Looking at Kentucky after 50 Years
Fifty years ago, Andrew Stern came to Kentucky to take photographs. His images helped set the stage for President Lyndon Johnson's Great Society. He recently returned for the first time in half a century.
Andrew Stern first came to the coalfields of Eastern Kentucky in 1959. He'd read a series of stories stories in the New York Times by Homer Bigart about the depression that had spread through the region. Stern brought his camera, and over the next four years he took photographs in Harlan and Letcher counties.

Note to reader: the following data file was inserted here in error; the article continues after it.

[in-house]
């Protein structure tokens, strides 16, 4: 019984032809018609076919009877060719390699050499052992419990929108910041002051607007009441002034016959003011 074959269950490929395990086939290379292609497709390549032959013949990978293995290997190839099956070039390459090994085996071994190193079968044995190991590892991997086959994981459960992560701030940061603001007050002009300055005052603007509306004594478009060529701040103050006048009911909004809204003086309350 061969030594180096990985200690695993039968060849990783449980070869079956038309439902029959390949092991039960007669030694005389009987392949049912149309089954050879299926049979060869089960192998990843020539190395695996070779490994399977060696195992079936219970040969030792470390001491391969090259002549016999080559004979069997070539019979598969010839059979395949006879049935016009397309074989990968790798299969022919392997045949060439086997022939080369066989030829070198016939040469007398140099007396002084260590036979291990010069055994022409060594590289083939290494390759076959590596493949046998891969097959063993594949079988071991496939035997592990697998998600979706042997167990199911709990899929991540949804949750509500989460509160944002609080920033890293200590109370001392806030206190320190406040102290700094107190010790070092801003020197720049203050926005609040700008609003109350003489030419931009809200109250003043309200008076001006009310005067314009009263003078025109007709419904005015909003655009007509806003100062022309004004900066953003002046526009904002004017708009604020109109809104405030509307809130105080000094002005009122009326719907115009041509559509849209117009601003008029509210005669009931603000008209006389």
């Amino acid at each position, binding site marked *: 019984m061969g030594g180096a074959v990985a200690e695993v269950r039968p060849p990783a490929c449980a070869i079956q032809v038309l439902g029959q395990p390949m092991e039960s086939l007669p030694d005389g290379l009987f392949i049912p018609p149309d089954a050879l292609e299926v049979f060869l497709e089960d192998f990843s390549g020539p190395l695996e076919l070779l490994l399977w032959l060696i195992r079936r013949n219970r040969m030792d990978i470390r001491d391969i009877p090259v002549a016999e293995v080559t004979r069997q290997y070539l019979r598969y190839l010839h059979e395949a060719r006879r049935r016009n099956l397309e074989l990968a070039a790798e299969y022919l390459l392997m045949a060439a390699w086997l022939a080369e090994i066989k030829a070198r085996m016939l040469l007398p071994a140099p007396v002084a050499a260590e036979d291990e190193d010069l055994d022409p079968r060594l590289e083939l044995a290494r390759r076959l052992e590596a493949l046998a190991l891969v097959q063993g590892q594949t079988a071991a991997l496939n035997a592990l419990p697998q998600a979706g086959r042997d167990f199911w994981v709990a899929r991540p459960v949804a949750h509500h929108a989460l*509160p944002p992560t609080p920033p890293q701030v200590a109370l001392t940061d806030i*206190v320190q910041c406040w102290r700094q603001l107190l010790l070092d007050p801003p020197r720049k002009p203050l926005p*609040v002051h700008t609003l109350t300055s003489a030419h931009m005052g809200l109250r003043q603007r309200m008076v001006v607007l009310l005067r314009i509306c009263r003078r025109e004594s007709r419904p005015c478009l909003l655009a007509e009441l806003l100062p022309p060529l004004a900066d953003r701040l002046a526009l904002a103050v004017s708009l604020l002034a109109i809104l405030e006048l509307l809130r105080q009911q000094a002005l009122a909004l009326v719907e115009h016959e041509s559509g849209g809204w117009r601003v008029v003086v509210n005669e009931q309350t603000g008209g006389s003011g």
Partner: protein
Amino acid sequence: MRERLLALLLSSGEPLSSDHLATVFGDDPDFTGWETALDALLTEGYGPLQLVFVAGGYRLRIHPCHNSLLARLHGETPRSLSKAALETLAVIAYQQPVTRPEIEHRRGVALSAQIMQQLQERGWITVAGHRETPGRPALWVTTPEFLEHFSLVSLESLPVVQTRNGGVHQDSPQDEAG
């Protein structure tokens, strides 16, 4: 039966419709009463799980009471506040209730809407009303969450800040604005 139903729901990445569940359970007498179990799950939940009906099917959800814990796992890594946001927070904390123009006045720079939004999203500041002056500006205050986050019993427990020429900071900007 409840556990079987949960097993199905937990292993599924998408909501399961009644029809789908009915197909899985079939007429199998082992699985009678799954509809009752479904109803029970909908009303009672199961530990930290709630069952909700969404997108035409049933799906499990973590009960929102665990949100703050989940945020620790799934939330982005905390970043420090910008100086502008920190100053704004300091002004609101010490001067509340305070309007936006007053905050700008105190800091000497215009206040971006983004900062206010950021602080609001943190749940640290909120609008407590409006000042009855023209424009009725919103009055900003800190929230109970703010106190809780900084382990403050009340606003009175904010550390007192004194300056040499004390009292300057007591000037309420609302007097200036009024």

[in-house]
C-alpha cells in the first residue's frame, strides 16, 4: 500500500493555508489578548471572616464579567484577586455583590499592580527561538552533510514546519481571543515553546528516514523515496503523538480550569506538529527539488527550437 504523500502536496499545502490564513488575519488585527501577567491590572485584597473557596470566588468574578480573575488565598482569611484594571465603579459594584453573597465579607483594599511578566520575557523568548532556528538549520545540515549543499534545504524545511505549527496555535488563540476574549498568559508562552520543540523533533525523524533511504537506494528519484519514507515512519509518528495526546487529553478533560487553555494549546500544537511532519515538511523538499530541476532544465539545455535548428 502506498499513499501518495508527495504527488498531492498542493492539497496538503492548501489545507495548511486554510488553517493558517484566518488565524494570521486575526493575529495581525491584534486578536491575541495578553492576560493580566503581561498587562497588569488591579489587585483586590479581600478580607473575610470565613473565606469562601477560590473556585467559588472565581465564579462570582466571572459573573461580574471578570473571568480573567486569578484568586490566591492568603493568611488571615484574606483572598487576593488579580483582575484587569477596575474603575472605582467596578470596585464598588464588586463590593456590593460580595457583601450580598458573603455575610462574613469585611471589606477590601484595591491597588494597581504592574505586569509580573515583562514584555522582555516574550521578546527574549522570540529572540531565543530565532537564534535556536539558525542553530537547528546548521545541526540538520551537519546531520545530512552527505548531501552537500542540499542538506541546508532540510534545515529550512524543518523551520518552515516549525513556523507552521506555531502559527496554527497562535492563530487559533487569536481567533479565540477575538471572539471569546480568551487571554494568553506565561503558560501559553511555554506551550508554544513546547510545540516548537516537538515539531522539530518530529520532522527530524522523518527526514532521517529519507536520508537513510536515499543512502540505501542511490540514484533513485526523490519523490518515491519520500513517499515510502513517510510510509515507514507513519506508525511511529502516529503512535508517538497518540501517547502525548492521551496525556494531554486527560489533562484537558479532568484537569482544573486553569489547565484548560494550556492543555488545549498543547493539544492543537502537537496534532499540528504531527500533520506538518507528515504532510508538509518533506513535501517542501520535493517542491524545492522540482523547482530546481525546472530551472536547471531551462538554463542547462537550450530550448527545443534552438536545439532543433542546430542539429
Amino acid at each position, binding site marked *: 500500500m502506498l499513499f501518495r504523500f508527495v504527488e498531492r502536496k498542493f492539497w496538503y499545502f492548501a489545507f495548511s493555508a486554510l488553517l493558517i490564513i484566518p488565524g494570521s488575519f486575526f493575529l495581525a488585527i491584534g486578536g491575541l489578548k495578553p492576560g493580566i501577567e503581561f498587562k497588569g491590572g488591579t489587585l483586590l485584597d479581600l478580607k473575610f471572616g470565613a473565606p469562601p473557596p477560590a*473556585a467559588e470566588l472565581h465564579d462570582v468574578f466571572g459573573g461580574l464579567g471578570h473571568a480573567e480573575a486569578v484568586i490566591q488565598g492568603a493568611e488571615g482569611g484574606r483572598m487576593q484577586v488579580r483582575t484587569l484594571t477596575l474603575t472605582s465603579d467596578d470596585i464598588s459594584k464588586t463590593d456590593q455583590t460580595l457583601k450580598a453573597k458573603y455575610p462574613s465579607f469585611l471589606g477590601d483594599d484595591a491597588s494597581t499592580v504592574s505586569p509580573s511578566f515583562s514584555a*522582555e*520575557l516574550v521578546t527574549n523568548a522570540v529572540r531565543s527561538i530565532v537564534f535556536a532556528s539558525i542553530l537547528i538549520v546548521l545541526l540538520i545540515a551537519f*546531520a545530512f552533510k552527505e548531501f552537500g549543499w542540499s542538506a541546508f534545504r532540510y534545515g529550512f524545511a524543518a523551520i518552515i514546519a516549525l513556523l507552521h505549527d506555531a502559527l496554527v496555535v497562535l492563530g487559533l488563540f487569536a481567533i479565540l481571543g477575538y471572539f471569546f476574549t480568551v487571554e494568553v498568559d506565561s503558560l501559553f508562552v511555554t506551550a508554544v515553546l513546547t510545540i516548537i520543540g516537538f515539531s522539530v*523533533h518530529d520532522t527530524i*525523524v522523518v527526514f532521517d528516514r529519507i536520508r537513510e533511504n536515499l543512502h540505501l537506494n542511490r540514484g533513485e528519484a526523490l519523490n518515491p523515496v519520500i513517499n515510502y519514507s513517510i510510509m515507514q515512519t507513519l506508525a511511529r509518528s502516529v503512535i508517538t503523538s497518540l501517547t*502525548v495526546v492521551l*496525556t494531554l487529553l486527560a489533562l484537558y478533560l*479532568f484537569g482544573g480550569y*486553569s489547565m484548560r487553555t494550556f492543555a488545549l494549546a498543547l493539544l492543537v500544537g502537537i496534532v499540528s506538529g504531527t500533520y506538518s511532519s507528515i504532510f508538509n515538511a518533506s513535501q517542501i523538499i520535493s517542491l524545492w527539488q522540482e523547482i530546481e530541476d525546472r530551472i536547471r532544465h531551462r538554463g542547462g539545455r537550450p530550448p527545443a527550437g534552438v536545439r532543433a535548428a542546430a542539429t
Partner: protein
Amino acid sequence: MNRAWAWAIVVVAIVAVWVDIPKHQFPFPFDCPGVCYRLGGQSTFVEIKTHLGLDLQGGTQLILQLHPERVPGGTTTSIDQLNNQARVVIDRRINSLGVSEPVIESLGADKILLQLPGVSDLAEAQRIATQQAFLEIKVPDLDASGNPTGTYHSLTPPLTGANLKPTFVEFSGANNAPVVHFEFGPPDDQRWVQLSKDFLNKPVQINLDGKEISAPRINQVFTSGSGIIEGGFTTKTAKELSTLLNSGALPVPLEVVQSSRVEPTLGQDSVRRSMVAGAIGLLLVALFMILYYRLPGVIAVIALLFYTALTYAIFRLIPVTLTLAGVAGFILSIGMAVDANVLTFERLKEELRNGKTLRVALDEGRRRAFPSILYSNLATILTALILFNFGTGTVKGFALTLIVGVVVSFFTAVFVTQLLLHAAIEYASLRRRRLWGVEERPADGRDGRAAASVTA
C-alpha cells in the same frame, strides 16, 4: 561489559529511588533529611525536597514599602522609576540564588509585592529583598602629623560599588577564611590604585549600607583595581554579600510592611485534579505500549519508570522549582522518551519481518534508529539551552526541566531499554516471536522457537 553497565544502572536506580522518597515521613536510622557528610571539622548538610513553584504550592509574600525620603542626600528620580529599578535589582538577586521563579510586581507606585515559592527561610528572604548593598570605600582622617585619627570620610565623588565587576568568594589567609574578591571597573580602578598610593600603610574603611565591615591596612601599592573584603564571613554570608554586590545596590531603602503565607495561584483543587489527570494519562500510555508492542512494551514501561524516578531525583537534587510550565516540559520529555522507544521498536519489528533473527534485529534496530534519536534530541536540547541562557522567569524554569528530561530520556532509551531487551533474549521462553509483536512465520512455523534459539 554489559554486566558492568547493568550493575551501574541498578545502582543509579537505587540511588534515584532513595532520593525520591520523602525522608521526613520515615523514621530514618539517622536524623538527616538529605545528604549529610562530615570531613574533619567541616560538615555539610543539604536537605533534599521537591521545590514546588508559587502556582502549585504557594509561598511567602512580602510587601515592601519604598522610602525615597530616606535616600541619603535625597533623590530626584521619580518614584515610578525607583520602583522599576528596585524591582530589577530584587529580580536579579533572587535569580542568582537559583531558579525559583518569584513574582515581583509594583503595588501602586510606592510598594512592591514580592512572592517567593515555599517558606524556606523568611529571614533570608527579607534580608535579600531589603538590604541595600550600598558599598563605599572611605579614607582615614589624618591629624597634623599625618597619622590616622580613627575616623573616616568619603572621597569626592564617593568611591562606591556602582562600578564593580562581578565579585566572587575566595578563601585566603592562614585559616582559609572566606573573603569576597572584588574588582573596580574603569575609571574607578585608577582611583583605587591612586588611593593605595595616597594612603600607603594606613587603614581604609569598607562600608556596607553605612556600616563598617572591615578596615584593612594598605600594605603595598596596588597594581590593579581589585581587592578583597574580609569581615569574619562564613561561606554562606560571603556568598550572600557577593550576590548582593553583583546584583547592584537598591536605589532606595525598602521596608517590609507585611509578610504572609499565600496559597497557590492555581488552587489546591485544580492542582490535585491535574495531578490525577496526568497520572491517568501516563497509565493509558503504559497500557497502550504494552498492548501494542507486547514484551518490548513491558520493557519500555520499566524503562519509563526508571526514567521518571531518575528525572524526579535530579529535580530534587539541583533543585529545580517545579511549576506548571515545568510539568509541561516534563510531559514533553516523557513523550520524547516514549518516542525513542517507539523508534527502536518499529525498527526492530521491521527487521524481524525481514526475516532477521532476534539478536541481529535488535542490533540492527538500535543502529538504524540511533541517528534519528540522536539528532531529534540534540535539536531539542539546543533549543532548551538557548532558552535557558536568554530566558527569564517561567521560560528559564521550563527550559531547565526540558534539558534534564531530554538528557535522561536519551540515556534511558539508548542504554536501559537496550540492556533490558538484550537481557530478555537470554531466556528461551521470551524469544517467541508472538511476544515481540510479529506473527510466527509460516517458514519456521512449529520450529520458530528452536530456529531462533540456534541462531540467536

The images he took back to Washington, D.C., helped spur President Lyndon Johnson's War on Poverty.
Stern returned to Letcher County earlier this year for the first time in nearly half a century. A show of his photos was hanging at the gallery at Appalshop in Whitesburg. About half the photos in the show were taken in and around Whitesburg, so Stern thought it would be interesting to visit some of the places he had photographed nearly 50 years earlier.
These are the photos Stern took one afternoon. Some things haven't changed, he realized. RC Cola is still big. So is tobacco. The sign on the curve on Rt. 15 above Whitesburg is new, but the message is the same as it was a half century earlier. The families have many of the same stories he heard in the early 1960s, but they now have cell phones.
Kentucky will hold its presidential primary this Tuesday.